Three Self-Disciplined Heroes


Has anyone, famous or not, inspired you to become better?


For me, there are three people who I believe had a great deal of self-discipline, and who have inspired me with their integrity, tenacity, and the strength to go on.



The President Who Changed the Course of American History

The first person is Abraham Lincoln. This was an individual who began life at the absolute bottom rung but who had an unshakeable faith in himself and in his intelligence (forget all the nonsense about Lincoln’s humility).


Lincoln had about 9 months formal education but on his own taught himself mathematics, Shakespeare, the Bible and the Law! And all this education was acquired while working a full time job. This took a tremendous amount of discipline.


This discipline enabled Mr. Lincoln to become the type of person he needed to be to lead our country through the Great Rebellion and the Civil War.



The One Who Refused to Give Up

The second person is FDR. This was a man born to great privilege, yet in his very prime was stricken with polio. His public life seemed over; and to a lesser man it would have been over.


However, FDR refused to give in to self-pity or to a life of indolence and ease, which his wealth would have allowed.


Instead, he addressed his disease four square and worked every day of the remainder of his life to maximize his physical capacity. This took a great deal of emotional and physical strength.


The result?


FDR went on to become president of this country at a time of great economic crisis. And after leading the country through the great depression, he went on to become the war leader during our Second World War. All this happened because of FDR’s great discipline.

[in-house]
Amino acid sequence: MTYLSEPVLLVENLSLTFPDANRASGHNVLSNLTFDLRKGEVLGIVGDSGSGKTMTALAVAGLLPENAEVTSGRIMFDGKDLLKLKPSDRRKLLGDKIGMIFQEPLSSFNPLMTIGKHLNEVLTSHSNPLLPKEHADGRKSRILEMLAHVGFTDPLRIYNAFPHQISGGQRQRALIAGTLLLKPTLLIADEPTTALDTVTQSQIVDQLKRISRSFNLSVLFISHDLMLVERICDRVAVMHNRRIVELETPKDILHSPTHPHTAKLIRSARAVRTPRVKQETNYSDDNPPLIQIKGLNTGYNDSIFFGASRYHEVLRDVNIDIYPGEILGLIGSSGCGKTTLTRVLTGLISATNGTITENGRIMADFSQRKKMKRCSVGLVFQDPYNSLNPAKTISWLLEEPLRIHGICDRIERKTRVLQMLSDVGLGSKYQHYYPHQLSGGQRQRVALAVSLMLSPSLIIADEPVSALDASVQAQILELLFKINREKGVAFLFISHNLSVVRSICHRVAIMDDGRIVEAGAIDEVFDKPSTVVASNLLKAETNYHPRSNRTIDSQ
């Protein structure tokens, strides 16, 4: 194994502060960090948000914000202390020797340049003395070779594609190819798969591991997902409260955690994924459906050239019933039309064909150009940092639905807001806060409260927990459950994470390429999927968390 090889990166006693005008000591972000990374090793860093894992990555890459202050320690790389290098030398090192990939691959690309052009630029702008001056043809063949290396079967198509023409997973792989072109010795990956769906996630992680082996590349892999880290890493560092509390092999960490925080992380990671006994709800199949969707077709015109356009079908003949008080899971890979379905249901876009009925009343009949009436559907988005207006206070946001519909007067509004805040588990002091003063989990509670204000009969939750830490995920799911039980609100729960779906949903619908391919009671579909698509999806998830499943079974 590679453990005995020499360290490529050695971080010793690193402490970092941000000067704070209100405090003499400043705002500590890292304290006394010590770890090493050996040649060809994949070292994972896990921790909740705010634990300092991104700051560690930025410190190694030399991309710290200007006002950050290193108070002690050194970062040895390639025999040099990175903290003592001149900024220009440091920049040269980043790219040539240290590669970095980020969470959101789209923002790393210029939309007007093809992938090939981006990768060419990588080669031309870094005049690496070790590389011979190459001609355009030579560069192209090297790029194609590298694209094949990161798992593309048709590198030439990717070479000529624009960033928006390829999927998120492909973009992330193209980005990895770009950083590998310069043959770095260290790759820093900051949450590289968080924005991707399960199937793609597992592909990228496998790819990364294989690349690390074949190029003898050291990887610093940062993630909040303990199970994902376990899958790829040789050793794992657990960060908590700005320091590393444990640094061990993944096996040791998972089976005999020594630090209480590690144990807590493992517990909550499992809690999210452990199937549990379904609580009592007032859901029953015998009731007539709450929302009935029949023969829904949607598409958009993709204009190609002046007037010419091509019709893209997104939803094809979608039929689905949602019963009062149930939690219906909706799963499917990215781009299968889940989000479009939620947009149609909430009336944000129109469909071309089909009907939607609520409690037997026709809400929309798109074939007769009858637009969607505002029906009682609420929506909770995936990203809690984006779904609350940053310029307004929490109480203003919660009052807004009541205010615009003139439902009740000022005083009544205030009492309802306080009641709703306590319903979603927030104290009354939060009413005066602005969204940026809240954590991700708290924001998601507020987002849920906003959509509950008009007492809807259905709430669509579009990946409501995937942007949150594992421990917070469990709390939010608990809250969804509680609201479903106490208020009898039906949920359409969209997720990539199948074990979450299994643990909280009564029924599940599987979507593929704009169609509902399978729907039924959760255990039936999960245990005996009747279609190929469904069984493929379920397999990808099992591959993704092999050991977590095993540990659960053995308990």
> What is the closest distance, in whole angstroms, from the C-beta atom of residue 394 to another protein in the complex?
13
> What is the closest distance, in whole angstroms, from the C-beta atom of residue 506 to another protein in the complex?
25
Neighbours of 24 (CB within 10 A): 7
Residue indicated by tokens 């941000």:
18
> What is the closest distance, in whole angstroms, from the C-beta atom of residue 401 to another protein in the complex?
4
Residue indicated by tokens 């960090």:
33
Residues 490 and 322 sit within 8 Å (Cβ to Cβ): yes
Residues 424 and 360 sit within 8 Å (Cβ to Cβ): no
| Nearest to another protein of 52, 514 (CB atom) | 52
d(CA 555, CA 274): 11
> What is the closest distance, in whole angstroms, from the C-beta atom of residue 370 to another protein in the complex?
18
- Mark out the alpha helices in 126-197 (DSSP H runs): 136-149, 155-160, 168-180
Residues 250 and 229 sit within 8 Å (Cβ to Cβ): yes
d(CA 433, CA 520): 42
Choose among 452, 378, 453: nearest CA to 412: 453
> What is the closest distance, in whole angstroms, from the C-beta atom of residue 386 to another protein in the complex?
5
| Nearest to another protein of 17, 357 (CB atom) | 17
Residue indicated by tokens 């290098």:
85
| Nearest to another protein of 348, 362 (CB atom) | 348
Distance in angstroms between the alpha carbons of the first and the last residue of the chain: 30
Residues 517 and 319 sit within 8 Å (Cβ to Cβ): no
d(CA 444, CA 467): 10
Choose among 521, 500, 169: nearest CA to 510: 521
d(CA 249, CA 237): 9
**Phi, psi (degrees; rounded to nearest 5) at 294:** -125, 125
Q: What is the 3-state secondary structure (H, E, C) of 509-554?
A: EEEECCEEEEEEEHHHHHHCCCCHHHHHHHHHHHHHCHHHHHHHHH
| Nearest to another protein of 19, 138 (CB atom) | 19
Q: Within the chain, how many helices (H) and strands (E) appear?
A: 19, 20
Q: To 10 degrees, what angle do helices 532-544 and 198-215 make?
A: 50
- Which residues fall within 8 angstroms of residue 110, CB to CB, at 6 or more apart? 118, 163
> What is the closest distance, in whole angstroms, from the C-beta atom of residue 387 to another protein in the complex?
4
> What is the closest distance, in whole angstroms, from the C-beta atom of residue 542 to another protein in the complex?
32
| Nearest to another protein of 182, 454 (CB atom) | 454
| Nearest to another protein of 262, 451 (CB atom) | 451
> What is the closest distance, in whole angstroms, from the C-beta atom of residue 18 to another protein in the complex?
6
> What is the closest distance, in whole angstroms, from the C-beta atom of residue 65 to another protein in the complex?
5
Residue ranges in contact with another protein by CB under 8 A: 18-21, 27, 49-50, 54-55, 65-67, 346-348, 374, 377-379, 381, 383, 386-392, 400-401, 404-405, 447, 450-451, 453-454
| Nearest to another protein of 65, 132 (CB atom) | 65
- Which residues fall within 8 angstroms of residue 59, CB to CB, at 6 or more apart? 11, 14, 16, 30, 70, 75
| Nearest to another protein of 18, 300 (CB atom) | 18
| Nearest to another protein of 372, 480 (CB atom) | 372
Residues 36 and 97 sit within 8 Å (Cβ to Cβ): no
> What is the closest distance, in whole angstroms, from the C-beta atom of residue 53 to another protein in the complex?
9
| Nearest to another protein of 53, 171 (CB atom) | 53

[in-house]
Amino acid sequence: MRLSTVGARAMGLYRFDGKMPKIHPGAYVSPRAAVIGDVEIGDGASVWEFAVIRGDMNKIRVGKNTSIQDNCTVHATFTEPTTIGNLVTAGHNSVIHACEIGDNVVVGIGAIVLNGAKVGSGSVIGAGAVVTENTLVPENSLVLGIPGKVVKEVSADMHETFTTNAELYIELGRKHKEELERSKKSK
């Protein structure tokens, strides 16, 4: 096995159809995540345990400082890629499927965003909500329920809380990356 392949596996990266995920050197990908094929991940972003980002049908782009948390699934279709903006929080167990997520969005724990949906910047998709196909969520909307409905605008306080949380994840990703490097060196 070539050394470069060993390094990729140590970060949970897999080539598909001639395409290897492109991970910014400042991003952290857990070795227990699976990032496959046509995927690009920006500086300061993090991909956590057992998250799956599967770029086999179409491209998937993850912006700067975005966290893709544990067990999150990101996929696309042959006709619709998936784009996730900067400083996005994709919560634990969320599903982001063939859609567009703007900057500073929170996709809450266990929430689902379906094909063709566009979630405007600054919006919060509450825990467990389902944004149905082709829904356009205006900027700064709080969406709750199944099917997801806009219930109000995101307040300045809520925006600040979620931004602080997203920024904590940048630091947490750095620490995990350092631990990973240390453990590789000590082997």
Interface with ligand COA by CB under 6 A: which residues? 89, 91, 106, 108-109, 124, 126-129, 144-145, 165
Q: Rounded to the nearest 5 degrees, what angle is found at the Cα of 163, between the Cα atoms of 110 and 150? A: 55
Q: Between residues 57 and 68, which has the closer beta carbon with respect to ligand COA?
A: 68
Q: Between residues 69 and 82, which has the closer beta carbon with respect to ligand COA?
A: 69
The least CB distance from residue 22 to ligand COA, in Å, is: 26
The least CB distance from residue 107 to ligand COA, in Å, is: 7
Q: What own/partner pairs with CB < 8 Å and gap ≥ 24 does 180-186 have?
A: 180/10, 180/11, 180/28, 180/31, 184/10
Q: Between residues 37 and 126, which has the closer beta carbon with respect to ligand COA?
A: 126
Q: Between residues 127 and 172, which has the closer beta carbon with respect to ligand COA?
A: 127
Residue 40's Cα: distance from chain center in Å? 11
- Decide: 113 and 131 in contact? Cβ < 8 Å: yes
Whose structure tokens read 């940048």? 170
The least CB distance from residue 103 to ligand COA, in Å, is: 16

And Last But Not Least

The third person I would like to mention is my father, John Schuster Sr.


My father, who is 85 years mature, went through the Great Depression and then into the military where he served for “the duration”. My father only managed to get through the 7th grade!


However, he did not let that stop him. While a young married man, he decided to go to night school in order to better himself and his young family.


My father worked a full time job and then went to night school. There was no whining or self pity, no “Why Me”: he truly was a child of the depression.


He did not think life “owed” him anything. This took tremendous discipline; and the end result was my father (and mother) raised six children, all of whom have become functioning, successful and contributing members of society.


This was a direct result of the discipline my father had in his life. And through his example, he taught us such tenacity to have in our life.



I have learned from these examples to serve my community and families in need of guidance during times of stress.


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